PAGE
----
News stories around the world reveal a deluge of incomprehensible sameness, the debris of aggregate destruction overshadowing an area known for its rugged beauty and strong individuals.

Annamarie Sasagawa, a 29-year-old travel writer and co-owner of Sasa Trails, a tour guide company based in Tokyo, knows many individuals from the Tohoku region, an area she has visited often over the last eight years both for work and pleasure.

There’s the marshmallow-loving mountaineer, distinctive in his bright red parka, who studied fashion design in Paris before settling down to distribute newspapers in Sendai.

Or the obaachan (old ladies) at Osawa Onsen near Hanamaki in Iwate Prefecture, part of a sprawling group of tojiba onsen in the mountains, where patrons can enjoy extended stays for medicinal benefits, share a communal kitchen and take the hot springs three times a day.

Sasagawa visited the place just two weeks before the quake and devastating tsunami: “It was paradise — clean air, five different baths, afternoon walks in the melting spring snow and the friendly staff.”

Since March 11, Sasagawa has spent much of her time mapping out a way to help the individuals in Tohoku. She has organized “Write for Tohoku,” an e-book gathering work from artists and writers based in Japan with all proceeds going to the Japanese Red Cross.

It was the fierce beauty that first attracted Sasagawa to the Tohoku region, herself a native of British Columbia, an area also renowned for its stunning natural splendor. It was the friendliness of the people that beckoned her repeated returns and inspired her to organize the e-book to raise money.

Sasagawa feels humbled equally by the instant support and response she received within the writing community. “The response of the expat and Japanese writing-artist community has been amazing. People I do not know contacted me, volunteering to help. Like most people after the quake, I felt so helpless and sad for the people in Tohoku, especially since I traveled there so often and the people have been so kind. I thought, the only thing I can really do, besides donate money, is spread the word about what it is actually like in Tohoku, and talk about the people I have met.”

With her husband’s encouragement, Sasagawa posted an article, “Tohoku, Behind the Headlines,” on an online writing forum a few days after the quake. The response led to the bigger idea of uniting the writers community. “A lot of people said the article really helped them understand the region beyond the headlines, and I realized, maybe there are a lot of people in Japan who could do the same thing, and if we could gather everybody’s stories together, it would be an effective way to not only raise money but also to raise awareness about what the region and country is like on a deeper level than what people are seeing in the news now.”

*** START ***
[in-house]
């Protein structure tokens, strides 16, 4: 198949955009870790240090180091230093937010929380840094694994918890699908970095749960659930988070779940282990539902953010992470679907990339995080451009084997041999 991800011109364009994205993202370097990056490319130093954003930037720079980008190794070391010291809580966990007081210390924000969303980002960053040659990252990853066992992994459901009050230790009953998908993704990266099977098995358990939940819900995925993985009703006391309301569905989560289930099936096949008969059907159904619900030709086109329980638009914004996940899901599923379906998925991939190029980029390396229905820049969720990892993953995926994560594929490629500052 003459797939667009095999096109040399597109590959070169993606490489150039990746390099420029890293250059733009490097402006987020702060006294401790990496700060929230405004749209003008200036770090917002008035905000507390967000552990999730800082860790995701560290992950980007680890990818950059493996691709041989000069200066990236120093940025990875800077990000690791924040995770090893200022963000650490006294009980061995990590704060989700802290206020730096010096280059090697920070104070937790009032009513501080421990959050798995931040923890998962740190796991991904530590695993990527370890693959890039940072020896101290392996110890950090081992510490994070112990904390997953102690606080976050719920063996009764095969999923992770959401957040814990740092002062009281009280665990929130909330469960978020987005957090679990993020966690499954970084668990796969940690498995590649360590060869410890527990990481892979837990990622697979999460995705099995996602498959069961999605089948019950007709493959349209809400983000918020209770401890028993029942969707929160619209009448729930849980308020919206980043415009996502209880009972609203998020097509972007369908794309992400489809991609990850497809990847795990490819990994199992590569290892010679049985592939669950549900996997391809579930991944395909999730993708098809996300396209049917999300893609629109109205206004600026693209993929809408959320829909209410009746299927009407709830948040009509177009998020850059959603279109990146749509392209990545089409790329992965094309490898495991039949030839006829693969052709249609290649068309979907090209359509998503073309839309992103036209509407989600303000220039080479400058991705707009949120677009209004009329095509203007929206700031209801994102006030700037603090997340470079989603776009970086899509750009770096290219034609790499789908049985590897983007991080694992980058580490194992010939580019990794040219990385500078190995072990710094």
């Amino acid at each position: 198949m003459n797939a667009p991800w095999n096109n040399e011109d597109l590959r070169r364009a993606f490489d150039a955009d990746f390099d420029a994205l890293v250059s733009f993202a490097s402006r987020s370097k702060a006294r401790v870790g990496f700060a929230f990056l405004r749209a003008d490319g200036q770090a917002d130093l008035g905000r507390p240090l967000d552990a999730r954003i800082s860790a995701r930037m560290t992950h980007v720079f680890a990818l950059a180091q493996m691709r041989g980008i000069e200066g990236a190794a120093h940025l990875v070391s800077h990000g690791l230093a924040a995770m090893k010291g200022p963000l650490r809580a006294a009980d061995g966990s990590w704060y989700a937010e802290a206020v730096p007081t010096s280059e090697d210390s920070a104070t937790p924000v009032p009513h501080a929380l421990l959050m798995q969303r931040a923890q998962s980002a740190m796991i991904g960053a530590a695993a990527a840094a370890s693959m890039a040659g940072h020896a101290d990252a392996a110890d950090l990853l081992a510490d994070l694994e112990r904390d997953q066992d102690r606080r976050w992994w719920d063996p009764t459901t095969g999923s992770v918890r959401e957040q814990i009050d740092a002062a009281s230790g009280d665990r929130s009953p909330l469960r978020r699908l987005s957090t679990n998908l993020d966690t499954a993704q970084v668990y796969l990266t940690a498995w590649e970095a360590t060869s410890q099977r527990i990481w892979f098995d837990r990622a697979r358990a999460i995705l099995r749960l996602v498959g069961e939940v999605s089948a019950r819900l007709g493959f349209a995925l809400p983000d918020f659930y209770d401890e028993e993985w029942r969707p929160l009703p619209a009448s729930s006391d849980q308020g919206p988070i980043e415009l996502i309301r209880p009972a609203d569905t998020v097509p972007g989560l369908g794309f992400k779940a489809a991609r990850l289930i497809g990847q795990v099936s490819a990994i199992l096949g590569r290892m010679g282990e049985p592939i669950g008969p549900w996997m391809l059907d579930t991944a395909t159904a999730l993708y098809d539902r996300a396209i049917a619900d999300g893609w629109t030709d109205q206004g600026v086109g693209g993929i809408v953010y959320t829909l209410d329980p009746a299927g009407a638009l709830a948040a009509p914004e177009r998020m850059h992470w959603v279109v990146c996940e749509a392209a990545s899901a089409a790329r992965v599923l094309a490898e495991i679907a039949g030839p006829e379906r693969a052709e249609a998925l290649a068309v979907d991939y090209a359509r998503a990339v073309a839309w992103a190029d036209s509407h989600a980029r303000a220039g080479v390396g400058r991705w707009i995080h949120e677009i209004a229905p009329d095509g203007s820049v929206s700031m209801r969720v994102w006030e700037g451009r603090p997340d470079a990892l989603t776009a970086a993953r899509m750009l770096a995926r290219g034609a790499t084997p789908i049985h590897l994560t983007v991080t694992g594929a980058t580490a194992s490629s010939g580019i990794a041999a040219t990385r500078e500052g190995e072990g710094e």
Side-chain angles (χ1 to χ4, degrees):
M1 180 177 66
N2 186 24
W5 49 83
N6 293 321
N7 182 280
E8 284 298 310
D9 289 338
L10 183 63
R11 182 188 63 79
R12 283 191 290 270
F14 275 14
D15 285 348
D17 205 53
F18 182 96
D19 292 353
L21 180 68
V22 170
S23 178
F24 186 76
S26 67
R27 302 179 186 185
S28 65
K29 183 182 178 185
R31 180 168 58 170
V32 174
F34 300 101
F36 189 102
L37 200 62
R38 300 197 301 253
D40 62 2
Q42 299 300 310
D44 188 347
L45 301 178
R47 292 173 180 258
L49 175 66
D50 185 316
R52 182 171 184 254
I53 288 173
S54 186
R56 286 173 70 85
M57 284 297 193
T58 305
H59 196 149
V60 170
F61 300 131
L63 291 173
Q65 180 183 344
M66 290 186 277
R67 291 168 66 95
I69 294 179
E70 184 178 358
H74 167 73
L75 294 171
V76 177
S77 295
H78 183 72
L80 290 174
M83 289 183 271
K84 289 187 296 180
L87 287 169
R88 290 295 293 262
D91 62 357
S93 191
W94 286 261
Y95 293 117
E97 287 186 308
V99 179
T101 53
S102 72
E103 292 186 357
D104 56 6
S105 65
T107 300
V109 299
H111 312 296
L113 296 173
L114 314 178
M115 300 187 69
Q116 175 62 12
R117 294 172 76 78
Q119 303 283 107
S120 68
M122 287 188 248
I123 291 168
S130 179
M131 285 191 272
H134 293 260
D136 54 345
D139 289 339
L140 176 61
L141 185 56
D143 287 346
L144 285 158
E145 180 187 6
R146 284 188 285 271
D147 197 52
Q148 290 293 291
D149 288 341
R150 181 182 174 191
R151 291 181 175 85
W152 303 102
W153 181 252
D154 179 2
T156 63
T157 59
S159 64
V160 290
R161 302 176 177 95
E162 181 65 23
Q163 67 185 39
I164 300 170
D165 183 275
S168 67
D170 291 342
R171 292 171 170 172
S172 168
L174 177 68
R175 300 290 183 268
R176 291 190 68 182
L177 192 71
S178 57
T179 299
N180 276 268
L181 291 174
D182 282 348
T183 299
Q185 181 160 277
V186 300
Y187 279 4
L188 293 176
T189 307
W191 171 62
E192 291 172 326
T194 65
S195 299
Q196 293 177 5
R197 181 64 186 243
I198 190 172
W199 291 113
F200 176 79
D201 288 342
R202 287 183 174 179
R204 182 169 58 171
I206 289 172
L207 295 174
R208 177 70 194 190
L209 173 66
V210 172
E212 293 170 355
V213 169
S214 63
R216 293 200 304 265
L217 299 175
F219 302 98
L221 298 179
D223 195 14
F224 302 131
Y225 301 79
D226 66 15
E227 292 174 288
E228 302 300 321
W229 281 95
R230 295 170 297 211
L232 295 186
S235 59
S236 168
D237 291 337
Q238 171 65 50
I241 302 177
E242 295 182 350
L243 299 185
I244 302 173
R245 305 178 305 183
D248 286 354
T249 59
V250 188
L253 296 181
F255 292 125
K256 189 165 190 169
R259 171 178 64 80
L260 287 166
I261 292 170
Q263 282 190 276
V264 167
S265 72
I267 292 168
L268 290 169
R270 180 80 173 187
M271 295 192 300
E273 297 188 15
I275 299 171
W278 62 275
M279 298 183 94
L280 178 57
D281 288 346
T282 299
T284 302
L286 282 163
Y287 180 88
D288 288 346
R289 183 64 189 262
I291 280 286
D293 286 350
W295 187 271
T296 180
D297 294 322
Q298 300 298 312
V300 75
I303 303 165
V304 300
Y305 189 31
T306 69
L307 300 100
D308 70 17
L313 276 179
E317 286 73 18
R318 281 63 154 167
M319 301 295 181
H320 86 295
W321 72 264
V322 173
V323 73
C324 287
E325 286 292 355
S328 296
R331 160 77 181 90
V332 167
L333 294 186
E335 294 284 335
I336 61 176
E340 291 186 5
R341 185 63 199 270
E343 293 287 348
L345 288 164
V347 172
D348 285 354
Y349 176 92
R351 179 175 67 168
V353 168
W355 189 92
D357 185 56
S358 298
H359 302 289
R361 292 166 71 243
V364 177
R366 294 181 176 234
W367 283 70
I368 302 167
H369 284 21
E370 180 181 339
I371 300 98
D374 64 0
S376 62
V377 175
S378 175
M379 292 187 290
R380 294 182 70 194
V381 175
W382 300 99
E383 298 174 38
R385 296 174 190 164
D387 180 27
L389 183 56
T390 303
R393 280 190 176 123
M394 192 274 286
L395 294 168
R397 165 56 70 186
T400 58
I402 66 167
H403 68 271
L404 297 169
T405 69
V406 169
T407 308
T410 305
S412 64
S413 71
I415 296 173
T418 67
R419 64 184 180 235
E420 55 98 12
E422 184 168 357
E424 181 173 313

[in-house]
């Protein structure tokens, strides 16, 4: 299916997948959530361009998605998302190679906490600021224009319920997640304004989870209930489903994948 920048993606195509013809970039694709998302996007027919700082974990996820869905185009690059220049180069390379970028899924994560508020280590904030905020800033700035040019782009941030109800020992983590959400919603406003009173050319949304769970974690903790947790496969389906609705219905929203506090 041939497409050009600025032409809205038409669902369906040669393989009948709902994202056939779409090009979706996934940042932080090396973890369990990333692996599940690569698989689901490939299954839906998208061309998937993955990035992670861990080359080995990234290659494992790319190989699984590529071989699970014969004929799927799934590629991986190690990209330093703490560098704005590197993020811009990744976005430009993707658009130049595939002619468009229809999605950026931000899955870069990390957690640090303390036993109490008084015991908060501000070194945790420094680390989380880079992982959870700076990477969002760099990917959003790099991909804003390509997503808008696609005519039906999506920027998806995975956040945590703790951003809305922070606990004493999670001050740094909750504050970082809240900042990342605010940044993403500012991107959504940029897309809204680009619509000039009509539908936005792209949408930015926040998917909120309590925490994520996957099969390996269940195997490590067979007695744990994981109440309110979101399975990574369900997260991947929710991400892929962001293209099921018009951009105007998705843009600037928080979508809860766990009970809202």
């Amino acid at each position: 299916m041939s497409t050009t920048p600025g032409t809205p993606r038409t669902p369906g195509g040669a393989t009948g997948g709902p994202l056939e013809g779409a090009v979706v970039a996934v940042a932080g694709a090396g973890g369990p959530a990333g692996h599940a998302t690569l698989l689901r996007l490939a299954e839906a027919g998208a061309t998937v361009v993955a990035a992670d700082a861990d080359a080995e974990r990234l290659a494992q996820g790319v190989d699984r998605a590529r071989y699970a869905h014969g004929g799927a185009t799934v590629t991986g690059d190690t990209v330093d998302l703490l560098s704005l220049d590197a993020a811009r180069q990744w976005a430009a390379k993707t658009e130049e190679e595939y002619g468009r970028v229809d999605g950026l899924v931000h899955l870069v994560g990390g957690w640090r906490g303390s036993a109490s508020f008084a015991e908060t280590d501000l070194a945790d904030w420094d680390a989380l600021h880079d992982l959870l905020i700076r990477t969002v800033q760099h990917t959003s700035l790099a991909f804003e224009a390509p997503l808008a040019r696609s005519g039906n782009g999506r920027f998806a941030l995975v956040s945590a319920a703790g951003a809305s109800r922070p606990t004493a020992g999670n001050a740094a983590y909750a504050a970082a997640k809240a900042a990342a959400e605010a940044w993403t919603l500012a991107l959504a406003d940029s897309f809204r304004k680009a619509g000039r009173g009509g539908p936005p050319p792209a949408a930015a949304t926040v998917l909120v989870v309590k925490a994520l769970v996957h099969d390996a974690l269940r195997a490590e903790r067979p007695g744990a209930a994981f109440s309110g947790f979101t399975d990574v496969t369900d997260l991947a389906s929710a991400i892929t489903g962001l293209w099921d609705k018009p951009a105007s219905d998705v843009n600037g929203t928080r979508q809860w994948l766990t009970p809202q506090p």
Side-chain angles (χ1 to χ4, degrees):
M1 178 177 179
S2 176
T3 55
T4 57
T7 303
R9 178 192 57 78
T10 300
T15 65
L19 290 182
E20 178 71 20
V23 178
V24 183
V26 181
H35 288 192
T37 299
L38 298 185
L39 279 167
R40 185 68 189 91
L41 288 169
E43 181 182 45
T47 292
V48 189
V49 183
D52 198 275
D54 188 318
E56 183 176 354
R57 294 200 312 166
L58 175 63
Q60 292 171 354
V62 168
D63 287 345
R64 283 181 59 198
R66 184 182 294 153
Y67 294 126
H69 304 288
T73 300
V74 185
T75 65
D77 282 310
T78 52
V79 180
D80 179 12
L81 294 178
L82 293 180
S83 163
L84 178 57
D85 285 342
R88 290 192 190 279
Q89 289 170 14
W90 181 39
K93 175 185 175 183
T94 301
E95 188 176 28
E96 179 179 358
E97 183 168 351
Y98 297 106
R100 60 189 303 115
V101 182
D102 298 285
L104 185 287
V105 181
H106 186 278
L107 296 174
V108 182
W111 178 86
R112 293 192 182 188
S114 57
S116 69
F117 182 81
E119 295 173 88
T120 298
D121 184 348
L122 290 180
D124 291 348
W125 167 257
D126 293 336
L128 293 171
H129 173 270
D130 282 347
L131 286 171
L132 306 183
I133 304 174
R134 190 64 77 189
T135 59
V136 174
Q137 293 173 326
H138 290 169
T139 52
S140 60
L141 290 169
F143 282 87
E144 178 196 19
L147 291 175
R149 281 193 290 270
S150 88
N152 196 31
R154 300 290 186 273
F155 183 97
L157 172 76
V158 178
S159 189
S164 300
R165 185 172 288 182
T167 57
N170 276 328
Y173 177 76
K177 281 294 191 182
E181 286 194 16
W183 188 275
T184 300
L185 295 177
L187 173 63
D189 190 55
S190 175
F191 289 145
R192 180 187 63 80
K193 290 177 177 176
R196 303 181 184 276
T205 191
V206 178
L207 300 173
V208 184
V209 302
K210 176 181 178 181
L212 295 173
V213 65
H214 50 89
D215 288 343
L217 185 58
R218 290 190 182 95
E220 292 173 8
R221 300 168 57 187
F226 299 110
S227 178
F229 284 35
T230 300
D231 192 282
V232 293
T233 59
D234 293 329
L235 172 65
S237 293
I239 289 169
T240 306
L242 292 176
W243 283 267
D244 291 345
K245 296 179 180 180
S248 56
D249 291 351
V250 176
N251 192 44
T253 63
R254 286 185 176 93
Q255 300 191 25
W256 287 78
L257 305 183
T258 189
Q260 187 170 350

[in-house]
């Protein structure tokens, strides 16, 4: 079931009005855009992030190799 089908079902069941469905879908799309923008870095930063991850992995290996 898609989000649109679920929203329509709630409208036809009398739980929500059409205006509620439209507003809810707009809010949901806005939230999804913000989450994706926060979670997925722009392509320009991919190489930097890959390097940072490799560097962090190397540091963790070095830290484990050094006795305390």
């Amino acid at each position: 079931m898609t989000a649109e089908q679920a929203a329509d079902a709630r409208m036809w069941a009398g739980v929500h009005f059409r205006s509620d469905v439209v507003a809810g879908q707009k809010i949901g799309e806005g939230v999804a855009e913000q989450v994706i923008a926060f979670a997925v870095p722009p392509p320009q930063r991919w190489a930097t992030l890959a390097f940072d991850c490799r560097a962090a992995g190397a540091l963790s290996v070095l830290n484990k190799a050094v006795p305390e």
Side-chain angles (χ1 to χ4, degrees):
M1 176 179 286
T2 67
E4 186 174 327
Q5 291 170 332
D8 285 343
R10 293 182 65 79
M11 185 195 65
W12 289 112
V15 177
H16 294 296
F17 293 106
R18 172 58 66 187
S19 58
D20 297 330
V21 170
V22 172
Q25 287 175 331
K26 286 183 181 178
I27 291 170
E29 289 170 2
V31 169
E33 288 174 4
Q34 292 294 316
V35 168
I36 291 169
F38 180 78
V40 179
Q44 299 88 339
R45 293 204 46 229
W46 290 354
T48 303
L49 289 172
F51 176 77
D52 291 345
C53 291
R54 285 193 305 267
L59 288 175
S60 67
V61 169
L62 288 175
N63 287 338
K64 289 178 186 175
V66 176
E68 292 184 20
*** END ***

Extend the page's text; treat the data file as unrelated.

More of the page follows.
With more than 20 contributions from writers across Japan, from Osaka and Shikoku to Iwate and Miyagi prefectures, the project has exceeded its original boundaries to include writers and illustrators based in North America and Europe.

“The book is shaping up to be a beautiful mix of personal essays, funny travel stories, poetry and short sketches on daily life in Japan. Although it wasn’t among our original goals for the project, I hope the e-book will strengthen the sense of community we feel as writers and residents in Japan.”

Illustrators Hiyoko Imai and Luis Mendo (www.goodinc.nl), based in Amsterdam and Tokyo, respectively, immediately volunteered their creative expertise. According to Sasagawa, Imai wrote “Our Headquarters are in Amsterdam, but my mind is mostly based in Japan.”

Tokyo software developers Mark McFarlane and Robb Satterwhite are assisting with the technical side. They will make the e-book available as an application for the iPhone and Android smart phones.